your life fruitful in cheers.

Near them, you’ll meet
three sisters of Jānakī yonder.
Having her faith, at their feet,
humble salutations you’ll render.

‘You both, whose sons ?’
If anybody questions,
you’ll reply thus:
“Dear sons of Tapasvinī both of us.”

Such words of mother made the hearts of sons
fraught with exhilarations.
Their mind kept blithesome
filled with fresh enthusiasm.

For them, there remained no liking
for eating and sleeping.
Words of King Rāma’s glory
danced in their hearts further.
Apropos Rāma’s story
conversing together,
the twins took rest deep
in the lap of Sleep.

In the flow of the river
of devotion-to-husband there,
Sītā’s life was floating,
and in eddies, was restlessly rotating.

Unable to bring and keep
her life in own lap, Dame Sleep
approached Yogamāyā,
and apprised : “O Goddess ! Life of Sītā
has today gone beyond
the human heart’s bond.

For twelve years
Virtuous Maithilī,
permeating her bed with tears,
managed to come slowly
in my lap once even.
But today despite my frequent call
in my very sweet tone,
she not at all
paying heed to it, alone
proceeds to the state of heaven.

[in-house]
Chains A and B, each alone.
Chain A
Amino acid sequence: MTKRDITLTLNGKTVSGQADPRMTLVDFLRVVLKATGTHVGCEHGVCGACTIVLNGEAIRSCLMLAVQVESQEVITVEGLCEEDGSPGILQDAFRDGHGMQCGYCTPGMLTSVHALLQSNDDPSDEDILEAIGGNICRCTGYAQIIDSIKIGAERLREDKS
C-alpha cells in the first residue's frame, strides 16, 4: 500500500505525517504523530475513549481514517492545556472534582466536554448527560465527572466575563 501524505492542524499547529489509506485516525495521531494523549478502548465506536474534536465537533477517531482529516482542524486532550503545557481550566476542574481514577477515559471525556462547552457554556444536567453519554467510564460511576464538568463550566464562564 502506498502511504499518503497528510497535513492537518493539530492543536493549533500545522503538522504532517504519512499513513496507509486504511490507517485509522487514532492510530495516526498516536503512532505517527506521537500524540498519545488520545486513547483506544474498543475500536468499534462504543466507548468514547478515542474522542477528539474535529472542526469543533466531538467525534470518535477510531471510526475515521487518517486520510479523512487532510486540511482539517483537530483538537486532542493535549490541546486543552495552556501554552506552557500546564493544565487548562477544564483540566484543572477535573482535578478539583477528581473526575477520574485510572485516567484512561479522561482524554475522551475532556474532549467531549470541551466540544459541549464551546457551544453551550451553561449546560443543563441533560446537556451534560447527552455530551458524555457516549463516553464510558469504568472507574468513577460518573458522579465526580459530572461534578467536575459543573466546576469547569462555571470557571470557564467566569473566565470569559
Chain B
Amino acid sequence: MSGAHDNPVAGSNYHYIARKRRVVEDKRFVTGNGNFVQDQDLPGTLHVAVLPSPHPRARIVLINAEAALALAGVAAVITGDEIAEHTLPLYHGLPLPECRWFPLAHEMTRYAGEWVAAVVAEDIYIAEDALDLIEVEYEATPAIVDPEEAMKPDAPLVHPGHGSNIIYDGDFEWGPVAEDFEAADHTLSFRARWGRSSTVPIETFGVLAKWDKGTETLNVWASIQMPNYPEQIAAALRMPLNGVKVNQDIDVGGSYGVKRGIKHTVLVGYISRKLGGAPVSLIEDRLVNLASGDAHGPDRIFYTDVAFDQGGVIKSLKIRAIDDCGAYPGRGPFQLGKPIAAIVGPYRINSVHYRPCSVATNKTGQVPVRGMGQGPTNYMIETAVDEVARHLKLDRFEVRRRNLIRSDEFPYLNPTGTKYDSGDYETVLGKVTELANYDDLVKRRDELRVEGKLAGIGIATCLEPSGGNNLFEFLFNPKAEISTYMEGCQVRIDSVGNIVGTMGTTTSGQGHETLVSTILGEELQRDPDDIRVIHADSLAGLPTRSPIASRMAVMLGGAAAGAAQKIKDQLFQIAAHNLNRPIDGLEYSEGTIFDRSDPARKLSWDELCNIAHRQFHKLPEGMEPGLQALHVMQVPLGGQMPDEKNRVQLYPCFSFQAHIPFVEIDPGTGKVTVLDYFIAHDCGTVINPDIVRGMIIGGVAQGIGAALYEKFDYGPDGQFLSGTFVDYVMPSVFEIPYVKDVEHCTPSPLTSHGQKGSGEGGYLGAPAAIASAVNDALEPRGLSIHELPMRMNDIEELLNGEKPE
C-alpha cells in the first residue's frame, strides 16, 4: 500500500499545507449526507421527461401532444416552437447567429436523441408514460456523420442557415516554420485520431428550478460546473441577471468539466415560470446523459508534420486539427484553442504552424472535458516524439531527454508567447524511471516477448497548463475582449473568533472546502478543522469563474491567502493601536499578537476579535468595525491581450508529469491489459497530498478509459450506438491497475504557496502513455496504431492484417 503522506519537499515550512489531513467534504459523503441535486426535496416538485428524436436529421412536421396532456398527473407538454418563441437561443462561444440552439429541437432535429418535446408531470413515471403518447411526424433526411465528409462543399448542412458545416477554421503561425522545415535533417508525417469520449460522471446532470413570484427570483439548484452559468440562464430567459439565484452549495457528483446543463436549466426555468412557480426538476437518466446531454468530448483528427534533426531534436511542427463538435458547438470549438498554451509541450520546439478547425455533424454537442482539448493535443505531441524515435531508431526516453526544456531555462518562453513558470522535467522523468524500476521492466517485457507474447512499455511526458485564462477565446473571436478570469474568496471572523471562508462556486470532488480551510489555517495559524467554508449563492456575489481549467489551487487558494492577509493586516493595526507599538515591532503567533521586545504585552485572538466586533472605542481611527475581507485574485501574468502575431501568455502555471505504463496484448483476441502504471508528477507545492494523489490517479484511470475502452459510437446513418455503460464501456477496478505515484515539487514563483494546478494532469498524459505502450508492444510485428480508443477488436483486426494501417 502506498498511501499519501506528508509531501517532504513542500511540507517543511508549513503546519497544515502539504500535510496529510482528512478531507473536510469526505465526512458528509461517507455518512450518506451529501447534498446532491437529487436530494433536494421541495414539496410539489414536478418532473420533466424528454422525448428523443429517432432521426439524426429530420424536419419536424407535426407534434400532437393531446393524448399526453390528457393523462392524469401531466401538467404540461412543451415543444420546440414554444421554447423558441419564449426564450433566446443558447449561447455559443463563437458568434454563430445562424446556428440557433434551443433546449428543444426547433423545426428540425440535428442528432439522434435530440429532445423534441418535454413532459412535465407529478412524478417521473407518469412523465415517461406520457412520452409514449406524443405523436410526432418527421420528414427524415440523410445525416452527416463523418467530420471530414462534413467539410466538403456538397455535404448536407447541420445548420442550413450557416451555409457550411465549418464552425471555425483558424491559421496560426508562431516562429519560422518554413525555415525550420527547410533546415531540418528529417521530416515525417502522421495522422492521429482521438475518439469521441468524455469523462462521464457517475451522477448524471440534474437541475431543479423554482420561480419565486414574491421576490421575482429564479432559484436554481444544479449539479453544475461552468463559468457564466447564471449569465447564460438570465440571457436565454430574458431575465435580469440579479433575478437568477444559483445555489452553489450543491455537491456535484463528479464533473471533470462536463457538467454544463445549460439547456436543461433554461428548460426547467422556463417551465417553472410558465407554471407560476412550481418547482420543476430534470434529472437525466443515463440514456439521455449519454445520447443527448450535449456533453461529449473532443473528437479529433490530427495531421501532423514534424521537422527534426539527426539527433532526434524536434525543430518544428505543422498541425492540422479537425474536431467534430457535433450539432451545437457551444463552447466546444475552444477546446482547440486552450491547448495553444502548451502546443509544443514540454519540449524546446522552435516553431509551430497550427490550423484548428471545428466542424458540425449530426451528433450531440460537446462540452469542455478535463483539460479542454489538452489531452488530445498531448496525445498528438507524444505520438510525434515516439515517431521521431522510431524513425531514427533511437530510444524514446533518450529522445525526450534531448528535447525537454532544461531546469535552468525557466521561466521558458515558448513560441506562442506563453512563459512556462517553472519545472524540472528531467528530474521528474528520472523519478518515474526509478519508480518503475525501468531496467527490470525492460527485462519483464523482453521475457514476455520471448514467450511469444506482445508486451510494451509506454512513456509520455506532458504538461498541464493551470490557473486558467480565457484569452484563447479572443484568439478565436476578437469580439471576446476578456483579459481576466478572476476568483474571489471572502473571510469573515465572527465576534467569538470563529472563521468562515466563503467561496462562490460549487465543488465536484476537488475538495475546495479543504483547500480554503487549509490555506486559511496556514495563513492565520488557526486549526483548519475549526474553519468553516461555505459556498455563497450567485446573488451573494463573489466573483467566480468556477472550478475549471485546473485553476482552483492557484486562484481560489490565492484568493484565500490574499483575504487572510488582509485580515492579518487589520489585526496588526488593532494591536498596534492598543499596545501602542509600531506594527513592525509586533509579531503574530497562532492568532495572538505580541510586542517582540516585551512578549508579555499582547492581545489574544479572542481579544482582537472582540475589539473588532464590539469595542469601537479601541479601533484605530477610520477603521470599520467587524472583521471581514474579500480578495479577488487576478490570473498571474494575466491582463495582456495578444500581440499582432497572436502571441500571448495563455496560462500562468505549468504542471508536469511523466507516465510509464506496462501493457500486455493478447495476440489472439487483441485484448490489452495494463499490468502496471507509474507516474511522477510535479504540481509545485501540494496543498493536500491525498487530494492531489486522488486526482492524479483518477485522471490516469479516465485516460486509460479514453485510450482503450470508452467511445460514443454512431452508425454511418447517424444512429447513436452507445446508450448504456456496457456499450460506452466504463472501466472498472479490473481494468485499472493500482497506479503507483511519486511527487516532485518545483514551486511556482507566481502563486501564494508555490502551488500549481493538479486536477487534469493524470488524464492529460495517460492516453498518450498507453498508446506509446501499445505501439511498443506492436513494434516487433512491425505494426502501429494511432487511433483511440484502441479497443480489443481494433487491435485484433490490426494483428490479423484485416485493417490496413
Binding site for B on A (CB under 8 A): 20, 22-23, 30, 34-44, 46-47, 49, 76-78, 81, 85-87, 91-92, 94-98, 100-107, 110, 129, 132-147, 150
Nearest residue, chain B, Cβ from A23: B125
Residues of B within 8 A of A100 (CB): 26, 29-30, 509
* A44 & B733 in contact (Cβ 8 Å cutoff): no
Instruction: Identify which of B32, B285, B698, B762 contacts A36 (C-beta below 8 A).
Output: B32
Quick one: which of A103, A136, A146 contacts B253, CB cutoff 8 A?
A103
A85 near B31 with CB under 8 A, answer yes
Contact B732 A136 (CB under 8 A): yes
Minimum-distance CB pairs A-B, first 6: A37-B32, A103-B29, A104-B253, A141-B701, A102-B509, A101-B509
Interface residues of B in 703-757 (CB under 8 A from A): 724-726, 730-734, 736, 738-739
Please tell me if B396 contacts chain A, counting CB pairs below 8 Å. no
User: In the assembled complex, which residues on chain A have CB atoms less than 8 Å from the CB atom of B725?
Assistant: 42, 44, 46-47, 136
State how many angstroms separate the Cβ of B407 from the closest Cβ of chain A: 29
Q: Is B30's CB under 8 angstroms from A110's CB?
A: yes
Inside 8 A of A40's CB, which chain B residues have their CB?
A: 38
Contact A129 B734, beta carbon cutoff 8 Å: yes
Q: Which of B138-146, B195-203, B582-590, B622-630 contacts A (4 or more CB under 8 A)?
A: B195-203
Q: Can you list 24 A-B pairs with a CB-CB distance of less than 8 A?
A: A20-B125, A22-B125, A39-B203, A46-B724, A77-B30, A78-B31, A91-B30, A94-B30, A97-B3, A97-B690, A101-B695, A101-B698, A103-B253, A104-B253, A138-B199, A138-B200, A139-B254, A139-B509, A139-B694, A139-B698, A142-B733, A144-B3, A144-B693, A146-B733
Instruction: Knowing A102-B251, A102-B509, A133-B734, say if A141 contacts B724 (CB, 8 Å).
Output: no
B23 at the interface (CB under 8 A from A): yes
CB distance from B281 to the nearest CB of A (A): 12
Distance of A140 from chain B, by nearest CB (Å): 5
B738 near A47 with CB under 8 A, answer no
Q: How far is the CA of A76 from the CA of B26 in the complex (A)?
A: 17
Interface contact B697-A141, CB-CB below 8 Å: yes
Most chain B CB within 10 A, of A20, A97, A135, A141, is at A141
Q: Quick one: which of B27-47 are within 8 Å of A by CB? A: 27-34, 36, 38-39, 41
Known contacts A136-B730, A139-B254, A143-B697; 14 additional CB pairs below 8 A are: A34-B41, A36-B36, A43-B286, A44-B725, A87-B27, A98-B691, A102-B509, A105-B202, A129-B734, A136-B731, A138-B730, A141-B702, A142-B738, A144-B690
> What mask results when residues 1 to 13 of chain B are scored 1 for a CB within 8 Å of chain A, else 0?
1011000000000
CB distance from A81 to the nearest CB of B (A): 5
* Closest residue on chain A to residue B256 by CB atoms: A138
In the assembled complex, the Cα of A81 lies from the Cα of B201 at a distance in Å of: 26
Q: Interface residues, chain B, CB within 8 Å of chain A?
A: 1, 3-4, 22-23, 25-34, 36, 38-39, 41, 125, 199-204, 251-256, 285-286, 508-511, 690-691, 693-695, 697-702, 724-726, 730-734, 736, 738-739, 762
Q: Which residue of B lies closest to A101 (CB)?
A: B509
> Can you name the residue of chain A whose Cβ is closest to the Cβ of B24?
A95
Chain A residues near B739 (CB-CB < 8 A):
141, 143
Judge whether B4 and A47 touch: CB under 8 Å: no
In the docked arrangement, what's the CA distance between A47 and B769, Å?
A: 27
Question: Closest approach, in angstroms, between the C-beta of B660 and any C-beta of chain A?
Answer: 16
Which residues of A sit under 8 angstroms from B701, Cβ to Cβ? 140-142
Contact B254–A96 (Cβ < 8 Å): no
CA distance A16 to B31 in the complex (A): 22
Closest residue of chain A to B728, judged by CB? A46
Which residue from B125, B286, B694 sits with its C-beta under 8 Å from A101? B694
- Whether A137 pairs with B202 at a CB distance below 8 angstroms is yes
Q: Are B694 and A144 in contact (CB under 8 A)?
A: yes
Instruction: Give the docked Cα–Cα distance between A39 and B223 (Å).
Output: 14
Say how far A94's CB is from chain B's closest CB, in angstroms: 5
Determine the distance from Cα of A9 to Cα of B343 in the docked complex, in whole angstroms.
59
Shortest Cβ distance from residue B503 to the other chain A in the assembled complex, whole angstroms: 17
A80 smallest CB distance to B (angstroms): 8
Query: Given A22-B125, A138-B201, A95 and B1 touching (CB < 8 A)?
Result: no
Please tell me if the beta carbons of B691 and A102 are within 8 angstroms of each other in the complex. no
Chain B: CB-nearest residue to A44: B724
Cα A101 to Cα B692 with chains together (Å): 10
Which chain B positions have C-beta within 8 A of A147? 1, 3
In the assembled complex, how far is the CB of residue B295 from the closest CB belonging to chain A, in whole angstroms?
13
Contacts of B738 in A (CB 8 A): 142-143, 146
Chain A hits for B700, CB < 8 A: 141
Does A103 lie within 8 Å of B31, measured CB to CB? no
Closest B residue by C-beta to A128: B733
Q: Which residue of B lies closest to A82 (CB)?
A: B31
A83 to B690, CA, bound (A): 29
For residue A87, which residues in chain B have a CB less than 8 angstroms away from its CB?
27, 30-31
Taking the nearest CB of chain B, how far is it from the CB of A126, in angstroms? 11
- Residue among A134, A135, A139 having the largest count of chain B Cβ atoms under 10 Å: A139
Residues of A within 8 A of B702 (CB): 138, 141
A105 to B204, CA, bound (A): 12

Idols of eyes, her twin sons,
from her eyes shall now disappear.
All the ten directions
shall seem darkened for her.
In this life of hers
no sun-rise of happiness appears.

So much devoted to her husband,
what fruit did she acquire at end ?
Kindly make her future bright.
Let the poor lady behold it.

Pouring water from eyes
in her life’s basin,
the sobre lady obtained the grand
garden of devotion-to-husband.
Neither any flower bloomed therein,
nor did any fruit appear.
Ah ! Tell me please,
would the life
of the virtuous wife
so desperately suffer ?”

Yogamāyā directed : “Come, My Friend !
Cool night is at its end.
Approaching the devoted Sītā now earlier,
we both will reveal the secret of her future.”

With Sleep, entered Yogamāyā hastily
in the cottage of Maithilī.
By celestial lustre, the sylvan site
continued to shine.
Surface of earth turned replete
with the fragrance divine.

By the aromatic affluence
horripilated, Sītā’s life aroused.
Under the splendour’s influence
her eyes became closed.

There appeared the scene.
Lustrous Sītā has been.
World is being illumed further
by her effusive lustre.

Resplendent with blooming mien,
King Rāma with herself as Queen
has ascended the bejewelled throne there.
Kuśa has sat in the lap of Rāghava,
and in Sītā’s lap, Lava.
Holding the lifted umbrella,
Lakshmaņa, the husband of Ūrmilā,
has stood anear.

Moving the charming chowry moonbeam-fair,
Bharata performs his own duty.
Holding by hand, Śatrughna moves there
the fan prepared with peacock-plumes pretty.

In the mouth of future,
life-lustre of every creature
is flowing apace
forming a stream of river.